Another consequence of MET is the loss of political independence that state universities could suffer. MET's assumption that tuition costs will increase only 7.3 percent annually means political pressure may be placed on the state's public universities to restrict future price hikes to that amount. The state, however, will have to purchase university agreement with greater budget allocations which means reduced spending in other areas or increased taxes for residents.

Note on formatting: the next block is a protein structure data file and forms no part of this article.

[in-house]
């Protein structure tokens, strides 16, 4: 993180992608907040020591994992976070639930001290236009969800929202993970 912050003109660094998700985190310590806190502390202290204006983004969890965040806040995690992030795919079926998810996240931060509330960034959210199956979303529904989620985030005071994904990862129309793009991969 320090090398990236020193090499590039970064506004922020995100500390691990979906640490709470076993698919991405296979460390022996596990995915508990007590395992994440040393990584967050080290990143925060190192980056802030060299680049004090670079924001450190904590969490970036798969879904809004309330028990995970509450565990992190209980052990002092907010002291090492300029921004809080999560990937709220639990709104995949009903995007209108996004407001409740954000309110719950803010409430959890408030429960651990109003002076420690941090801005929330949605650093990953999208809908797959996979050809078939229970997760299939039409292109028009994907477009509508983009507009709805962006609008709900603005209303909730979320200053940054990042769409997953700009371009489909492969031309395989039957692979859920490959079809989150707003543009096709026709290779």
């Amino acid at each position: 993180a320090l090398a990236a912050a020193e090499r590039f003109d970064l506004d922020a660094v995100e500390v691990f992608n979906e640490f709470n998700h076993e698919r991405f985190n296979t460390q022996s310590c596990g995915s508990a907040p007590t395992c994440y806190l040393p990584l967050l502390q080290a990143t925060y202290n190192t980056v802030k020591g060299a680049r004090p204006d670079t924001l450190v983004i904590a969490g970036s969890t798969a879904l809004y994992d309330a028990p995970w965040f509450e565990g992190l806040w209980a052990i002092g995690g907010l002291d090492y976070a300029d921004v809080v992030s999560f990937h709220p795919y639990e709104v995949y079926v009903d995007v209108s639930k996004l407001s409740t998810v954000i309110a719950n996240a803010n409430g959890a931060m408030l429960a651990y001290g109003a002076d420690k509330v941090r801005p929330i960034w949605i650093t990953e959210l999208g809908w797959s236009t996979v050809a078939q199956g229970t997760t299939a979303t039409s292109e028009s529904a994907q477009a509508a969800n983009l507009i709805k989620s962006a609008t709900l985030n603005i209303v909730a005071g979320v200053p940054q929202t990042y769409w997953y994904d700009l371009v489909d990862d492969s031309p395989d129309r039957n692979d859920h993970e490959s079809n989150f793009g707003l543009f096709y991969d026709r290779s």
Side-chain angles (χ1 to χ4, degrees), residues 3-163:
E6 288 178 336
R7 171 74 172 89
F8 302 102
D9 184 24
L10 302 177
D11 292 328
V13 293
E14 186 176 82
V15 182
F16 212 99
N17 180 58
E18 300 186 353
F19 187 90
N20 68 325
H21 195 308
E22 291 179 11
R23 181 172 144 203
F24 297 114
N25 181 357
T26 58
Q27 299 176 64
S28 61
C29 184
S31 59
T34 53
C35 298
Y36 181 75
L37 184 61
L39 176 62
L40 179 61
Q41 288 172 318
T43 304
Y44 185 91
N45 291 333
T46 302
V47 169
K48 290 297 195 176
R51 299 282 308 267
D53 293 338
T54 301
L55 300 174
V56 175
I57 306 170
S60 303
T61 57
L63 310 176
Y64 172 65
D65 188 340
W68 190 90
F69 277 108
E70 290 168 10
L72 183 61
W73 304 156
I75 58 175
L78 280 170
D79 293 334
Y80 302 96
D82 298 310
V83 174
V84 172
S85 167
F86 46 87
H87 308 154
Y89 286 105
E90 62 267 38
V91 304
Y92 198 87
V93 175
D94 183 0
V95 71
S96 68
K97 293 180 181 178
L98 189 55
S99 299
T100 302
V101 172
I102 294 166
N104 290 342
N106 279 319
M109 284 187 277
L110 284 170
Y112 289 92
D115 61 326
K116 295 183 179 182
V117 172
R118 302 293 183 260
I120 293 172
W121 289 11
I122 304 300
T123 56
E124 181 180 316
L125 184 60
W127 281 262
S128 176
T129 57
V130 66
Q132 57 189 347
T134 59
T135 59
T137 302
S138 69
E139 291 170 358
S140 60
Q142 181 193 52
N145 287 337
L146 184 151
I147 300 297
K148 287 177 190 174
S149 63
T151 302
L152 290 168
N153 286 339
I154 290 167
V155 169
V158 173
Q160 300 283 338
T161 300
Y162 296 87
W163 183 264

MET raises the prospect that the state's allocation for higher education could become even more politicized. Will the major university constituencies (U of M, Michigan State and Wayne State University) put up with tuition constraints unless they are offset by increased budget allocations from the state? What happens to the state's other universities, such as Central, Eastern and Western Michigan? Schools may face pressure to cut back their programs unless they develop a well-organized constituency that makes it politically costly for the state to ignore their budgetary needs. Schools could be expected to increase their lobbying of Lansing for special consideration. In economic terms this is viewed as increasing the "rent-seeking" costs within the economy. Research in economics has demonstrated the negative effect of this "directly unproductive activity" on economic efficiency and the satisfaction of consumer demand.  Ultimately, the state would have to choose between limiting tuition increases and fewer programs, or maintaining the same level of programs and spending for education. This is not a desired outcome of public policy initiated to increase and guarantee access to higher education for Michigan's children.